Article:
In Relationship (Part Four)
by Harley Voogd
The Rarity of Covenants
“Asking for a definition of ‘covenant’ is something like asking for a definition of ‘mother'”
~O. Palmer Robertson
Covenant is not a word to take lightly. If you say you are in covenant with someone, you’d be wise to know exactly what you are saying.
It’s easy to imagine a perfect circle. You can talk about it, analyze it, and theorize about it. But, until you actually draw it, it is just an idea. How many times do we come up with great ideas and then just stop there thinking our work is done. Ever been to a board meeting?
It is the same with the idea of covenant. It is easy to talk about, but extremely difficult to do. Covenants are rare.
So who actually enters into covenants? Families do: husbands and wives, parents and children, brothers and sisters, etc…
Members of organizations do not enter into covenants. They can say they do until their faces turn blue, but all you have to do is observe their actions for a little while and you’ll see that it is not true. Until one is willing to become family to another, he will be in a contractual relationship, or any other kind of relationship other than covenant.
Outside of covenant, before vision, before passion, and before loyalty, one is motivated by selfish desires. These selfish desires are not evil in and of themselves, they are naturally human. When these selfish desires lead one to do evil things, then they become harmful. But, how many people, who have done good and noble things, have not started out with selfish desires?
One member of an organization can say he’s in covenant with another. He can say that he values the success of the other over his own. He can hold himself as an example of what healthy covenants look like. He can do all that talking, but really he is putting his own selfish desires first. And that’s okay, as long as he is honest about it.
Charles Spurgeon said, “Sincerity makes the very least person to be of more value than the most talented hypocrite.” Even though one cannot be perfect in his covenant vows, if he is sincere in his actions he is a true covenant keeper. One who merely says he is in covenant, but does not act accordingly, is nothing more than a hypocrite.
This is especially true for leaders. Leaders have the “raw end of the deal” in the covenant. Like God, they have to be the better, stronger member of the covenant. Like God, it is up to them to define the terms of the covenant. Our covenants with each other must image God’s covenant with us.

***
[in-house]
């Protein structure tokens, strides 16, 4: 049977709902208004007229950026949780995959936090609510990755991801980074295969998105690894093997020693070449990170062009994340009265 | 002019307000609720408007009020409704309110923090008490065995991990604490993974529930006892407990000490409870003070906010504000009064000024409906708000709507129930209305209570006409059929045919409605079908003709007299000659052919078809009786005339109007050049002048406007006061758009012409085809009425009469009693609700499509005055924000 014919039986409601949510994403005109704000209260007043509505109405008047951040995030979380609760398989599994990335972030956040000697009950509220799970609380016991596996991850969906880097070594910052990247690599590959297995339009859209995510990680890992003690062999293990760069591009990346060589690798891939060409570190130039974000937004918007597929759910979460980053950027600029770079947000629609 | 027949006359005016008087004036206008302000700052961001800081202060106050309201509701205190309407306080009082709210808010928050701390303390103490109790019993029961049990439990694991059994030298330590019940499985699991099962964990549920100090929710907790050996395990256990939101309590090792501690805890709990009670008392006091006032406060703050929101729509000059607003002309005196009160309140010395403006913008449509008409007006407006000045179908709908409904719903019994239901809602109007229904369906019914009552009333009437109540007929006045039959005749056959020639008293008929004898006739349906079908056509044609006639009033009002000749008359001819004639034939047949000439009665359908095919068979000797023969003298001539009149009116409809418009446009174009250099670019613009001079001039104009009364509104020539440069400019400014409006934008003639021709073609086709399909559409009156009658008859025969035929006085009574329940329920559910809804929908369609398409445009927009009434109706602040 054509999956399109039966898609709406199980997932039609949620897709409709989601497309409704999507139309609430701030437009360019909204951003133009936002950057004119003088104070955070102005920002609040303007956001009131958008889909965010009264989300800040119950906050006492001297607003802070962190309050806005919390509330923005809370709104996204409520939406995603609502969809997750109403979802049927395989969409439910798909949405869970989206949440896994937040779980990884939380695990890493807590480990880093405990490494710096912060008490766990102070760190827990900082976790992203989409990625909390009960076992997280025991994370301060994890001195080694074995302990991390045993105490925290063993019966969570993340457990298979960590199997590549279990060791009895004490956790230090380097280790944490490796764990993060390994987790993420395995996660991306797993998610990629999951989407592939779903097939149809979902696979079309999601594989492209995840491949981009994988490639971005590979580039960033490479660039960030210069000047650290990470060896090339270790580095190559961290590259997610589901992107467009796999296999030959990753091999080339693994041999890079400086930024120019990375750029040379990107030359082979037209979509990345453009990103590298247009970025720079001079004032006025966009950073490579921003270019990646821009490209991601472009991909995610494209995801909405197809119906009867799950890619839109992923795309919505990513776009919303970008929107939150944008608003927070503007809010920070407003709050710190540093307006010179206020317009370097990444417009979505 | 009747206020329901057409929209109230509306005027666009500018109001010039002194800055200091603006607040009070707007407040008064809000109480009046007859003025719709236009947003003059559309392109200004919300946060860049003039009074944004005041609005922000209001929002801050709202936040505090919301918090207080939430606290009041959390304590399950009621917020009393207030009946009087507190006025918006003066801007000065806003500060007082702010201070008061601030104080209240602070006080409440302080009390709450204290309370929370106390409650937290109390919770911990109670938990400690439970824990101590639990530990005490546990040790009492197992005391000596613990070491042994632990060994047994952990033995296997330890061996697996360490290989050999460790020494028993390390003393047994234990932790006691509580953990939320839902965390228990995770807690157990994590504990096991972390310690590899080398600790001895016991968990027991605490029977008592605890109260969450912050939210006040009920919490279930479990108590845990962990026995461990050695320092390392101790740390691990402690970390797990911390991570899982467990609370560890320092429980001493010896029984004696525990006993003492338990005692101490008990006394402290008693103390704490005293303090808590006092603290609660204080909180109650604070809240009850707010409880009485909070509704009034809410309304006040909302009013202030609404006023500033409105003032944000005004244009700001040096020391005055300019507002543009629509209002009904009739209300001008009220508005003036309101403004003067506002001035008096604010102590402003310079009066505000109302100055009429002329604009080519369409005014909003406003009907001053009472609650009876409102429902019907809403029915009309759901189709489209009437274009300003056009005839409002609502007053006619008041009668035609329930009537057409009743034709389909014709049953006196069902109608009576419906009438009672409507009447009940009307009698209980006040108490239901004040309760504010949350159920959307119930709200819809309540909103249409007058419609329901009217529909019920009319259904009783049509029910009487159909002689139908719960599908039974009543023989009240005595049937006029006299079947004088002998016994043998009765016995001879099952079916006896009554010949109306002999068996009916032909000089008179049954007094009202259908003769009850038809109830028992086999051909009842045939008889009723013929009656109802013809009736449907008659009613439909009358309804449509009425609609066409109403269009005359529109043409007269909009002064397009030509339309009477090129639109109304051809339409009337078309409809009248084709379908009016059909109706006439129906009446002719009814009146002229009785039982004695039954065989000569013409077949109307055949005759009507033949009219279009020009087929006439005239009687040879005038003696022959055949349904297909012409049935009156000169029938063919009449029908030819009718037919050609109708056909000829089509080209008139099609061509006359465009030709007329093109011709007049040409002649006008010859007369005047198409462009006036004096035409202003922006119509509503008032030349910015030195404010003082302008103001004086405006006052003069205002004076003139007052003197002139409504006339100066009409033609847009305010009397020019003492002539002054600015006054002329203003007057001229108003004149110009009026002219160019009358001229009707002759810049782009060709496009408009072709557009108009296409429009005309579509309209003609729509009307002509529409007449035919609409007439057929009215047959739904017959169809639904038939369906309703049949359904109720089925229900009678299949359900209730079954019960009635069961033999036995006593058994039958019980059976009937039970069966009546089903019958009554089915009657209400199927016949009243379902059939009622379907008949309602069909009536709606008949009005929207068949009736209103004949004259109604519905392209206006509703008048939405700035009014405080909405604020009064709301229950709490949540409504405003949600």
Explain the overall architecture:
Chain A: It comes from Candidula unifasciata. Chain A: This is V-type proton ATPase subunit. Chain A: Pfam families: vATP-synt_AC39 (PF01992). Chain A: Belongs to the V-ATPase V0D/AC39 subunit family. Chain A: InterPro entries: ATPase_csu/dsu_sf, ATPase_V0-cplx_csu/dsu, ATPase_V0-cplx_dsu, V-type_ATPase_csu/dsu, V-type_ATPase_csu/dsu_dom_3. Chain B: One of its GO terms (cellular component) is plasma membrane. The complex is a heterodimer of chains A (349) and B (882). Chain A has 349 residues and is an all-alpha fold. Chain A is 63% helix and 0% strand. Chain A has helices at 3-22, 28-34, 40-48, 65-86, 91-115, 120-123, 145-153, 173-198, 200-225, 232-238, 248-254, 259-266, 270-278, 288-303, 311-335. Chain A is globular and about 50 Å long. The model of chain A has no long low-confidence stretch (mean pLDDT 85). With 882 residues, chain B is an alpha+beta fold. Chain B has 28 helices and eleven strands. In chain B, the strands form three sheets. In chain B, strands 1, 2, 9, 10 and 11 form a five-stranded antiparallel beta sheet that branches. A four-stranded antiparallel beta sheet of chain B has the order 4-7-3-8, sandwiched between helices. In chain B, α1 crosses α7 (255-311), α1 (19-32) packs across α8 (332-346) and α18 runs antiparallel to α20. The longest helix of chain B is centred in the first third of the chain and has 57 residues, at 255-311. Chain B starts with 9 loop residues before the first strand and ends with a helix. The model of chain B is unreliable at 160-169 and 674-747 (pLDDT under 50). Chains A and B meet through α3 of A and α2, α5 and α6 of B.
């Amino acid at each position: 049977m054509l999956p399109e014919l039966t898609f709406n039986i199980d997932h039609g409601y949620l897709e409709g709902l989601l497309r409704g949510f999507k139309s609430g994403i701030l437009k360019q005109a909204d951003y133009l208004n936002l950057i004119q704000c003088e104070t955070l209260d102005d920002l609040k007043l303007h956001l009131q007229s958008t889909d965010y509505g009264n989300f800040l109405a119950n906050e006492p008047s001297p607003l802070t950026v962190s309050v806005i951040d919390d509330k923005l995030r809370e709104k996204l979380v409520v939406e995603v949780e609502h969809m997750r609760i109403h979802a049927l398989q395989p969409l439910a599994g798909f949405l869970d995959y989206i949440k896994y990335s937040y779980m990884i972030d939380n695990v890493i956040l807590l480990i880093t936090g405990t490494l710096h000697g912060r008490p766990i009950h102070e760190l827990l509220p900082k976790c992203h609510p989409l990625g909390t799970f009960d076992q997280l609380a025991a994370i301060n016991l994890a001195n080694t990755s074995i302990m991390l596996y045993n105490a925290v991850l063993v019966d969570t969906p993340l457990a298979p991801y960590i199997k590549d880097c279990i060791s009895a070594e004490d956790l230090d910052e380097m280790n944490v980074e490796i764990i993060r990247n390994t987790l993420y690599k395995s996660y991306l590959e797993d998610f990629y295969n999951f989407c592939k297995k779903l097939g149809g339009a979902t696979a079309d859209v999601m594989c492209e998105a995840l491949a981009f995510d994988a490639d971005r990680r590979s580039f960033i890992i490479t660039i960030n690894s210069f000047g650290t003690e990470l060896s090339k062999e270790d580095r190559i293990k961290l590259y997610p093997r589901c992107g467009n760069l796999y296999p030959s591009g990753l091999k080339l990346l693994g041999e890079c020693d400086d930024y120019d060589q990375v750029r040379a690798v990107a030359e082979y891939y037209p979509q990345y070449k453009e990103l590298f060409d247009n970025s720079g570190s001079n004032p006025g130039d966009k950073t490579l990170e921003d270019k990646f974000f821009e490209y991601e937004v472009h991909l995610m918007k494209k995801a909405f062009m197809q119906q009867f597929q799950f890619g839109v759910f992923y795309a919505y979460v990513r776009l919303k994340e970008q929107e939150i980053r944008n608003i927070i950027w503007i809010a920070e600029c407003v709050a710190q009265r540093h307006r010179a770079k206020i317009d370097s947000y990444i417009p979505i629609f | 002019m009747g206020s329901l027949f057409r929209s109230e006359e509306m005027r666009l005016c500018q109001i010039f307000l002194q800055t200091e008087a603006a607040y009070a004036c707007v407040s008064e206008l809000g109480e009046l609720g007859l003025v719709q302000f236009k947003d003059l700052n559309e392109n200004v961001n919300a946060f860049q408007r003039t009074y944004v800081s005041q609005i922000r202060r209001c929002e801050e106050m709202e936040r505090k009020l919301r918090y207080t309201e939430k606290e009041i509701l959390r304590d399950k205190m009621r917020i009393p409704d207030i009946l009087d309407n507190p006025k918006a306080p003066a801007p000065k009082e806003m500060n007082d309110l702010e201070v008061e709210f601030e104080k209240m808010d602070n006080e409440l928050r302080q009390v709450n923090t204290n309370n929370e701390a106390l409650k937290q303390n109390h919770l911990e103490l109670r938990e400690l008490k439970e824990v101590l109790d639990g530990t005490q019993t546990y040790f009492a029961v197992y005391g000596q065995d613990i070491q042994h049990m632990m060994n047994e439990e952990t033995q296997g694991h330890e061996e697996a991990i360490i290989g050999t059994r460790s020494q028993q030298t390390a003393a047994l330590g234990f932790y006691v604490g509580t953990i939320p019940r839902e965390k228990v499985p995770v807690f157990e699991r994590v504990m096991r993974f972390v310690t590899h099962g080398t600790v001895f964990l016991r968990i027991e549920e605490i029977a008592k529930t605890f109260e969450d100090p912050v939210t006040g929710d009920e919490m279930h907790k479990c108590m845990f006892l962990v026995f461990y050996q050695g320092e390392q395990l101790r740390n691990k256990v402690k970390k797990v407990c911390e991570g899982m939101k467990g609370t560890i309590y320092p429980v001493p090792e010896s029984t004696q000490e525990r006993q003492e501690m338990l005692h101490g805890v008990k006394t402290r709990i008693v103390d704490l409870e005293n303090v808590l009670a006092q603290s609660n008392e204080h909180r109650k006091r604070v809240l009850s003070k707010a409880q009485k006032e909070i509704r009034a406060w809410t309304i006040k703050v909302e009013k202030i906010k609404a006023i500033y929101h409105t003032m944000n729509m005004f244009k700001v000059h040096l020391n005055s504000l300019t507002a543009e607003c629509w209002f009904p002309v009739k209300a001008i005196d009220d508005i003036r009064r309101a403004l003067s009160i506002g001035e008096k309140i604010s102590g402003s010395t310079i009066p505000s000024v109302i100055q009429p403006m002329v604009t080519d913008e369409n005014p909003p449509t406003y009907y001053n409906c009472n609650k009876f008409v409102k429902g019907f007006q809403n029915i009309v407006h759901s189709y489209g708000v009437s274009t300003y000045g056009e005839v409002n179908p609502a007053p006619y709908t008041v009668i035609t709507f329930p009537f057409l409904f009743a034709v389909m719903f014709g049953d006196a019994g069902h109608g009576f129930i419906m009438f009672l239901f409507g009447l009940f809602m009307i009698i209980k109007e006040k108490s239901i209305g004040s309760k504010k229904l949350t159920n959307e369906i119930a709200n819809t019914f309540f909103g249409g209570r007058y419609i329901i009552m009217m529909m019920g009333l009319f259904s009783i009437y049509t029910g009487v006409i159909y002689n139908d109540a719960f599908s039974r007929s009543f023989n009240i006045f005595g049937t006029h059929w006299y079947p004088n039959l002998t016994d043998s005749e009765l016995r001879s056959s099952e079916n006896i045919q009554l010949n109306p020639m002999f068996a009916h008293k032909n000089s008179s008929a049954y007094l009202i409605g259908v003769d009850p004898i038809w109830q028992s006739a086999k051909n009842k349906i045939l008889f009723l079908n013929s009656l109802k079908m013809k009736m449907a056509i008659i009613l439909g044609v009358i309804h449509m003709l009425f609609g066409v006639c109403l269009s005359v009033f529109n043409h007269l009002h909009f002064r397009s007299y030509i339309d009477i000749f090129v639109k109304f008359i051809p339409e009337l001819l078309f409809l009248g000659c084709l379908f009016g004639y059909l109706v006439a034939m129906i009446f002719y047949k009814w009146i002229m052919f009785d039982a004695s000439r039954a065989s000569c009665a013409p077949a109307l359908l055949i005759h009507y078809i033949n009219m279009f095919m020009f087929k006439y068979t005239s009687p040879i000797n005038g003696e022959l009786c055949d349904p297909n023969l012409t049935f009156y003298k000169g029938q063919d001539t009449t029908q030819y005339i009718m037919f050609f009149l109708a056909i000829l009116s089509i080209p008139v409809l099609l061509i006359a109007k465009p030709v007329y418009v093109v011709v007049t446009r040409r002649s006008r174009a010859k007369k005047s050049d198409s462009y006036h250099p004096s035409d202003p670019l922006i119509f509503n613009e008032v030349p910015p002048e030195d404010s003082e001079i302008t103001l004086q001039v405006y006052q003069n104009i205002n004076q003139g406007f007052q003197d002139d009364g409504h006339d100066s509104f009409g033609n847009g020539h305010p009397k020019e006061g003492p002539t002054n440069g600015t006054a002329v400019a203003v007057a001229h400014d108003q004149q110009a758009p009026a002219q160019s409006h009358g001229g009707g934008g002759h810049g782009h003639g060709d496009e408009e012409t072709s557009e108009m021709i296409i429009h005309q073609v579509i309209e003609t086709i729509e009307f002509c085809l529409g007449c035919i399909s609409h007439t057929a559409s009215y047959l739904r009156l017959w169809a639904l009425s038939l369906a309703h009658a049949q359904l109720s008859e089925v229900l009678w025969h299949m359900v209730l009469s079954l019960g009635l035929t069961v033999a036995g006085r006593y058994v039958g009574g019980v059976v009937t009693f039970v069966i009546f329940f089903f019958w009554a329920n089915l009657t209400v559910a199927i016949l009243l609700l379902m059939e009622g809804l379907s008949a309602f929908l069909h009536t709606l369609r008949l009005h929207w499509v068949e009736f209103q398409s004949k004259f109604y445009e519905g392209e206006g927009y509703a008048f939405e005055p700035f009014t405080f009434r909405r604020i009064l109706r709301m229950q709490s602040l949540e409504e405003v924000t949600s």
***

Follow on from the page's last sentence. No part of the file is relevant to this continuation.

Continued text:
“A covenant is a bond in blood sovereignly administered. When God enters into a covenantal relationship with men, he sovereignly institutes a life-and-death bond. A covenant is a bond in blood, or a bond of life and death, sovereignly administered.” (O. Palmer Robertson, The Christ of the Covenants [Phillipsburg, NJ: Presbyterian and Reformed Publishing, 1980], pg. 4)
Robertson gives three main attributes to a covenant:
- It is a bond — Covenant members are bound together in relationship and this bond is sealed with a binding oath (sometimes verbal, sometimes by symbolic action) by both parties. No oath = no bond = no covenant.
- It is a bond in blood — “By initiating covenants, God never enters into a casual or informal relationship with man. Instead, the implications of his bonds extend to the ultimate issues of life and death” (pg. 7-8). James B. Jordan has pointed out that the cutting in half of the animals in Genesis 15 was not so much God saying, “Let this happen to me if I don’t uphold my end of the covenant,” but rather, the cutting in half of the animals symbolized the death and resurrection of humanity. The new life was made possible by the covenant — just like with Adam, who “died”, was cut in two, and was resurrected to find a new covenant partner waiting for him: his wife. The same happened to Jesus. A covenant bond in blood is a familial bond — a bond where one dies to his old self and is reborn as something new.
- It is a bond in blood sovereignly administered — “Both biblical and extra-biblical evidence point to the unilateral form of covenant establishment. No such thing as bargaining, bartering, or contracting characterizes the divine covenants of Scripture. The sovereign Lord of heaven and earth dictates the terms of his covenant” (pg. 15). Covenants often involve a weaker party and a stronger party. Who determines the conditions of the covenant? The stronger party does. This is not a master/slave relationship — the stronger party wants the weaker to prosper and is willing to expend his own resources and time to make that happen.
As you can see above, covenants are no small matter, and to use the term lightly is foolish. If you can’t conform to the attributes of covenant listed above, then you can’t enter into covenant, and must not say that you have.
Sometimes it is best to enter into a different type of relationship. It all depends on what the circumstances are. The important thing is to make clear the kind of relationship all parties are entering into right from the start. This will prevent any confusion and contention between the parties in the future.